Rapid interconnectivity growth will add complexity and risk

Rapid interconnectivity growth will add complexity and risk

Recent geopolitical concerns, predictions of a looming recession, and continued supply chain difficulties are unlikely to dampen growth in digital bandwidth on private networks according to Equinix’s 2022 Global Interconnection Index (GXI). Global interconnection bandwidth (the volume of data exchanged between companies directly, bypassing the public internet) is a barometer for digital infrastructure and sheds light on the difference in dynamics between verticals. High growth in private interconnection is a boon for Equinix as the world’s largest colocation provider by market share but makes resiliency more challenging for its customers: all these interconnects are also potential points of failure.

The Equinix GXI projects strong growth across the industry in 2023, with global interconnection bandwidth projected to increase by 41% compared to 2022. Overall, global interconnection bandwidth is projected to grow by a compound annual growth rate (CAGR) of 40% into 2025, when it is expected to reach nearly 28,000 terabits per second (tbps). These numbers include direct connections between enterprises and their digital business partners (such as telecommunications, cloud, edge, and software as a service (SaaS) providers).

The Equinix study projects faster growth in private interconnection for enterprises than for networks operated by telecommunications companies or cloud providers. This growth in private interconnection is driven by high demand for digital services and products — many of which also require a presence with multiple cloud providers as well as integration with major SaaS companies.

The energy and utility sector is likely to see the greatest growth in private network interconnection through 2025, with a CAGR of 53%, as energy data becomes increasingly important for managing intermittent renewable energy and decarbonizing the grid. Digital services supporting sustainability efforts such as carbon accounting are likely to require additional private interconnection with SaaS providers to accurately track operational sustainability metrics.

The banking and insurance and manufacturing sectors are expected to see CAGRs of 49% and 45%, respectively, over the same period. These industries are particularly sensitive to errors and outages, however, and appropriate planning will be necessary.

There is a reason Equinix has been drawing attention to the benefits of interconnection for the past six years: as at Q2 2022 the company operates 435,800 cross-connects throughout its own data centers. Its closest competitor, Digital Realty, reported just 185,000 cross-connects at its facilities in the same quarter. Equinix defines a cross-connect as a point-to-point cable link between two customers in the same retail colocation data center. For colocation companies, cross-connects not only represent core recurring revenue streams but also make their network-rich facilities more valuable as integration hubs between organizations.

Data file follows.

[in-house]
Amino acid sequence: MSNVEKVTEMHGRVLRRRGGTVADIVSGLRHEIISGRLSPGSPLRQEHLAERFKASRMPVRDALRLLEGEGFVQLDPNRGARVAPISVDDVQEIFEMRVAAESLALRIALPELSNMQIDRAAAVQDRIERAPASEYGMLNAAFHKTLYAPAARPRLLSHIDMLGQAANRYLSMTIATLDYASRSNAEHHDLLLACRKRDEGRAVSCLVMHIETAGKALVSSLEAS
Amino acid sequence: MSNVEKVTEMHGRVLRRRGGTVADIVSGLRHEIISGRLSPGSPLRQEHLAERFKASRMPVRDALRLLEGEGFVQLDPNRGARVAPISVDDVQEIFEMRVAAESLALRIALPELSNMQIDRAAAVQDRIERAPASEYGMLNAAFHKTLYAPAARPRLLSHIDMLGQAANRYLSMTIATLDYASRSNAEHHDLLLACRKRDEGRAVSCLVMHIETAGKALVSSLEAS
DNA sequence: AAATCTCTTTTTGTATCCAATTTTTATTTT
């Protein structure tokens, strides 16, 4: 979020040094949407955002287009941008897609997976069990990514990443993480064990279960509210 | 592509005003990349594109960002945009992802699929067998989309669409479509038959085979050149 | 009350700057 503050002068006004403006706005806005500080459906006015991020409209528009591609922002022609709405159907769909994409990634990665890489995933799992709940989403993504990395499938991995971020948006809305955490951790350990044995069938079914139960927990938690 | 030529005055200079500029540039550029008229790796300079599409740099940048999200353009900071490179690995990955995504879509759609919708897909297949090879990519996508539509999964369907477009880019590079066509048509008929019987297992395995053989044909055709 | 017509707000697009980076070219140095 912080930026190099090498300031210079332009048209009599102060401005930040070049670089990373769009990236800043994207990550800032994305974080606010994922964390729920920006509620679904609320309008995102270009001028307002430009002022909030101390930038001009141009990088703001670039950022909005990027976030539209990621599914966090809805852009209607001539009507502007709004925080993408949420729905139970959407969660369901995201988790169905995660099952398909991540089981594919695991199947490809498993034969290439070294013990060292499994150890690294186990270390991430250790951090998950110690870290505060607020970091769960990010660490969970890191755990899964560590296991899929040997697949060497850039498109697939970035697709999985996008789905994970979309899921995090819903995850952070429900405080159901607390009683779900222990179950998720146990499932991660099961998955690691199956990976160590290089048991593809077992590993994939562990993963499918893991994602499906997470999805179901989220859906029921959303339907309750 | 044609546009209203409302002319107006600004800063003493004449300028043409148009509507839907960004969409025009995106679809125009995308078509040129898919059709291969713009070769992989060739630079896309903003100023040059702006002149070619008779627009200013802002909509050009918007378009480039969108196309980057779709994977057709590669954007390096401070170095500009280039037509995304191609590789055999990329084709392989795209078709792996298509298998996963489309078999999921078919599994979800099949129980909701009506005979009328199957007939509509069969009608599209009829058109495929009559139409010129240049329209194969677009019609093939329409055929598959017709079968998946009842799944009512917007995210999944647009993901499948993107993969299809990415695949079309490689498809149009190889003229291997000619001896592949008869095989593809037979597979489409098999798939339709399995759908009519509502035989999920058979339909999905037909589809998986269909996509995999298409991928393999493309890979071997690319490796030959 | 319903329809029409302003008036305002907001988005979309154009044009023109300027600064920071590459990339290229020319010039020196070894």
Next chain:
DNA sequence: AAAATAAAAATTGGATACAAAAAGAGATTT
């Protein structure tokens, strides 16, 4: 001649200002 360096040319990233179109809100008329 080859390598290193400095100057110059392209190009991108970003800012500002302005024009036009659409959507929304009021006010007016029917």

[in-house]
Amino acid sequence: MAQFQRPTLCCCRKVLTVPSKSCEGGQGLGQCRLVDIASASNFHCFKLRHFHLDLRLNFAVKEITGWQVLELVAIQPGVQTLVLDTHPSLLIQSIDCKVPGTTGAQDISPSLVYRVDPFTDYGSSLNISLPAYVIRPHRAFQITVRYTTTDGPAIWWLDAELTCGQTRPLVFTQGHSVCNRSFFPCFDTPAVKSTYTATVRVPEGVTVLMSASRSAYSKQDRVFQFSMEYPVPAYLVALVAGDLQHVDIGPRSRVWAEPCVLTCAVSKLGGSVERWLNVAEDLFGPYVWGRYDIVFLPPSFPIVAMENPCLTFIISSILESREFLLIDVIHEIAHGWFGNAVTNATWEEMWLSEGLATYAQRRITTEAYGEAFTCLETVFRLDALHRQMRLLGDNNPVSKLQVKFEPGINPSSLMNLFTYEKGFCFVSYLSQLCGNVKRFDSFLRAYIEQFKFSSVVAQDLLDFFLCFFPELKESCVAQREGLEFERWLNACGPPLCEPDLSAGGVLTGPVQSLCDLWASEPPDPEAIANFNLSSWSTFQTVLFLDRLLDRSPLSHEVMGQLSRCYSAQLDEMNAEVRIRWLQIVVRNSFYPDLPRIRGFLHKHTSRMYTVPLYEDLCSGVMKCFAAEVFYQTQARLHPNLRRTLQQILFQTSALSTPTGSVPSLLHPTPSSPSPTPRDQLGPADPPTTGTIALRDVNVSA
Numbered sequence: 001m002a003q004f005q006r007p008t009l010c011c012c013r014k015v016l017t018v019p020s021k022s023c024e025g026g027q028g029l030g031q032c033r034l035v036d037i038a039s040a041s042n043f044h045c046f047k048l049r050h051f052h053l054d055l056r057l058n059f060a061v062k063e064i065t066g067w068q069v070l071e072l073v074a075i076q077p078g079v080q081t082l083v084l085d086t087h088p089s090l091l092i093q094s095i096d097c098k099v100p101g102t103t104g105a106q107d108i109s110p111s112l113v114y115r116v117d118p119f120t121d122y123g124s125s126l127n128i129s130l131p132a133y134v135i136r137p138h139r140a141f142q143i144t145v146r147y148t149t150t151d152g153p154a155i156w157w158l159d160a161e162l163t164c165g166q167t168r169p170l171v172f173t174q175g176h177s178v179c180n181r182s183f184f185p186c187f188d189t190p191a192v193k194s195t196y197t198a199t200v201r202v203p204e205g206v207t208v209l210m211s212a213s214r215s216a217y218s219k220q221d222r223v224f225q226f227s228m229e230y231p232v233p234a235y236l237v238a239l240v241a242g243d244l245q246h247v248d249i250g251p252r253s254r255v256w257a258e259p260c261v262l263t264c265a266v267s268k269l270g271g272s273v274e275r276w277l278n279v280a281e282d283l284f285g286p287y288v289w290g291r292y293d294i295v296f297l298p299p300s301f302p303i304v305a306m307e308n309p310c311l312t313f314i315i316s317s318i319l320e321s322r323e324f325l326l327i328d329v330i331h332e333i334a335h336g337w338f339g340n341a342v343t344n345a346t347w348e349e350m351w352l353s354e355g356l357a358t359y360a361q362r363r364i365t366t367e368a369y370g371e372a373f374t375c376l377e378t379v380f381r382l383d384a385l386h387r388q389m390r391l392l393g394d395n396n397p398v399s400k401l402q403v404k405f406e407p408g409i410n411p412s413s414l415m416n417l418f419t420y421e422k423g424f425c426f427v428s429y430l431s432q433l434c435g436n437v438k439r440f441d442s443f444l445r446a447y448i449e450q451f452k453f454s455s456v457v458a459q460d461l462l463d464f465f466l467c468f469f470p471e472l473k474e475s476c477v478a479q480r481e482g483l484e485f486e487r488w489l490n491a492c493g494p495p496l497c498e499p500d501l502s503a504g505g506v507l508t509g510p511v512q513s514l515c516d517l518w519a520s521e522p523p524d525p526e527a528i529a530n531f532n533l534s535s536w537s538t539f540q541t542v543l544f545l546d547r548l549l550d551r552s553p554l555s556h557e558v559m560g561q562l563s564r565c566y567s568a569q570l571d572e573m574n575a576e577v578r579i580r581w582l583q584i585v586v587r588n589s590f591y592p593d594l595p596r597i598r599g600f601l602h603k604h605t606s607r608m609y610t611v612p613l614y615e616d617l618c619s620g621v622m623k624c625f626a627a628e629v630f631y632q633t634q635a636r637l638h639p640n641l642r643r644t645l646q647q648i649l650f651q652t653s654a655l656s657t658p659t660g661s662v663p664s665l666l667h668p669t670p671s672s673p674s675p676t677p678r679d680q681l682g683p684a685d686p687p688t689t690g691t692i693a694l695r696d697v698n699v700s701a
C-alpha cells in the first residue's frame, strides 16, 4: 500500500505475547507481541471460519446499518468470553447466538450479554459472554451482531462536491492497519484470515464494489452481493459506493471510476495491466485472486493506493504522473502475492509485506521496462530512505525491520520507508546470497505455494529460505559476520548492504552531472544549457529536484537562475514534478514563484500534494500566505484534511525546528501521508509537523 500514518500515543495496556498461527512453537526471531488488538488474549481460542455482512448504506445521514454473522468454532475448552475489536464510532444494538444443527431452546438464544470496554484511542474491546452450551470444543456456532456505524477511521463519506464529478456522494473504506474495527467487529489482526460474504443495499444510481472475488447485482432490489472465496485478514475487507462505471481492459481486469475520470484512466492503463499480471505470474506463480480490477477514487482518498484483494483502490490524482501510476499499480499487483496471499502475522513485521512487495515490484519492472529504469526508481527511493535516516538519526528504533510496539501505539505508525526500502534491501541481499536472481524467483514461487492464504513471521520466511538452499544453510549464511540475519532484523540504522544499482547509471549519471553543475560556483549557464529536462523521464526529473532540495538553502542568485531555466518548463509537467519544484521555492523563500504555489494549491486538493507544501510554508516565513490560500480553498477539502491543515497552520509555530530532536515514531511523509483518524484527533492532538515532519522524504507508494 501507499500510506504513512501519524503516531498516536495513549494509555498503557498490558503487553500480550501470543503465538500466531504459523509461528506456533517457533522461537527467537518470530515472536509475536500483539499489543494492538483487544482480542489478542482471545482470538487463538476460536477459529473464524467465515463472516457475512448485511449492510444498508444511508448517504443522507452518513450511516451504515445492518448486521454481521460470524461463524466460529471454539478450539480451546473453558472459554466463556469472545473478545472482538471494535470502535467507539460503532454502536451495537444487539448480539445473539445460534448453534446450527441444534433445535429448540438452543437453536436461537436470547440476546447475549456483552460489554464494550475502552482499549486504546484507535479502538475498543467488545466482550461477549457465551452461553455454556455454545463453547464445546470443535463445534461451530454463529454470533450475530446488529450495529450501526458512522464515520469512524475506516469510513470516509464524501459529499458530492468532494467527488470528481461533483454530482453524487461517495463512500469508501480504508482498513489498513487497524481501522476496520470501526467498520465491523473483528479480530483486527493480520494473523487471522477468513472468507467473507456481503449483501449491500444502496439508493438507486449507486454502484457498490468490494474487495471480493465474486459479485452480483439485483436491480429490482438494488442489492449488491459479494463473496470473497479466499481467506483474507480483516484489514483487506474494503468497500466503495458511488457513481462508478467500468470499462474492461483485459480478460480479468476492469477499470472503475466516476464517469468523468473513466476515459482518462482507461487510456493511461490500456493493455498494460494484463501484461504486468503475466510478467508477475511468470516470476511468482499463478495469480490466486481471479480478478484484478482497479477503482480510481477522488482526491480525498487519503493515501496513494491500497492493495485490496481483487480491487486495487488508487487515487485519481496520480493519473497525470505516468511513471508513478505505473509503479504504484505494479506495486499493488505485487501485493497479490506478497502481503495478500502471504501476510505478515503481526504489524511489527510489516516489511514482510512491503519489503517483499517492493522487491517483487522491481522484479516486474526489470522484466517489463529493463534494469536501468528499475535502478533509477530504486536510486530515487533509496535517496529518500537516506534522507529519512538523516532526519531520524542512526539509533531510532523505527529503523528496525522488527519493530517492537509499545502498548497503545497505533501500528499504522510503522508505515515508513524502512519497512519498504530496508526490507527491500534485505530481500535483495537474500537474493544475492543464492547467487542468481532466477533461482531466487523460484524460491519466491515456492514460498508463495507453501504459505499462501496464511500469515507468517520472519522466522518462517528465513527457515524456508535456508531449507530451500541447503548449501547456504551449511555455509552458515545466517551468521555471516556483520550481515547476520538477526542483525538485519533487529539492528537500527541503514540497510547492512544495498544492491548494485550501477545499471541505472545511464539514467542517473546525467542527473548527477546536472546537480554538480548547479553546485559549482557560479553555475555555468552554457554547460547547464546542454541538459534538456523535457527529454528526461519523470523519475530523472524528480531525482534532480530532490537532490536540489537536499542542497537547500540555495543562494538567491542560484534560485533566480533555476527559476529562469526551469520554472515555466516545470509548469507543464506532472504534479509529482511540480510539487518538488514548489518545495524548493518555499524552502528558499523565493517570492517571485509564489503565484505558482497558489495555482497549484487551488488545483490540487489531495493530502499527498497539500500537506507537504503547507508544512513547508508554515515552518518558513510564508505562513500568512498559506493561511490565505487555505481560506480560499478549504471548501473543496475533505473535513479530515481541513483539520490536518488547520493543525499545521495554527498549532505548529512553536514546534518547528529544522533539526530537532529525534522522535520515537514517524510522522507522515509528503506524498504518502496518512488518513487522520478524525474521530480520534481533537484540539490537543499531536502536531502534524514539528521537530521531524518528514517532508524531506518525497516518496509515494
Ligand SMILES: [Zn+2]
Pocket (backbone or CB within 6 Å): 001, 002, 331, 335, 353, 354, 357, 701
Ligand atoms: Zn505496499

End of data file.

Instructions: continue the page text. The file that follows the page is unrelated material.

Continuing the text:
As private interconnection increases, so too does the interdependency of digital infrastructure. Strong growth in interconnection may be responsible for the increasing proportion of networking and third-party-related outages in recent years. Uptime’s 2022 resiliency survey sheds light on the two most common causes of connectivity-related outages: misconfiguration and change management failure (reported by 43% of survey respondents); and third-party network-provider failure (43%). Asked specifically if their organization had suffered an outage caused by a problem with a third-party supplier, 39% of respondents confirmed this to be the case (see Figure 1).

diagram: Most common causes of major third-party outages
Figure 1. The most common causes of major third-party outages

When third-party IT and data center service providers do have an outage, customers are immediately affected — and may seek compensation. Enterprise end-users will need additional transparency and stronger service-level agreements from providers to better manage additional points of failure, as well as the outsourcing of their architecture resiliency. Importantly, managing the added complexity of an enterprise IT architecture spanning on-premises, colocation and cloud facilities demands more organizational resources in terms of skilled staff, time and budget.

Failing that, businesses might encounter unexpected availability and reliability issues rather than any anticipated improvement. According to Uptime’s 2021 annual survey of IT and data center managers, one in eight (of those who had a view) reported that using a mix of IT venues had resulted in their organization experiencing a deterioration in service resiliency, rather than the reverse.

By: Lenny Simon, Senior Research Associate and Max Smolaks, Analyst

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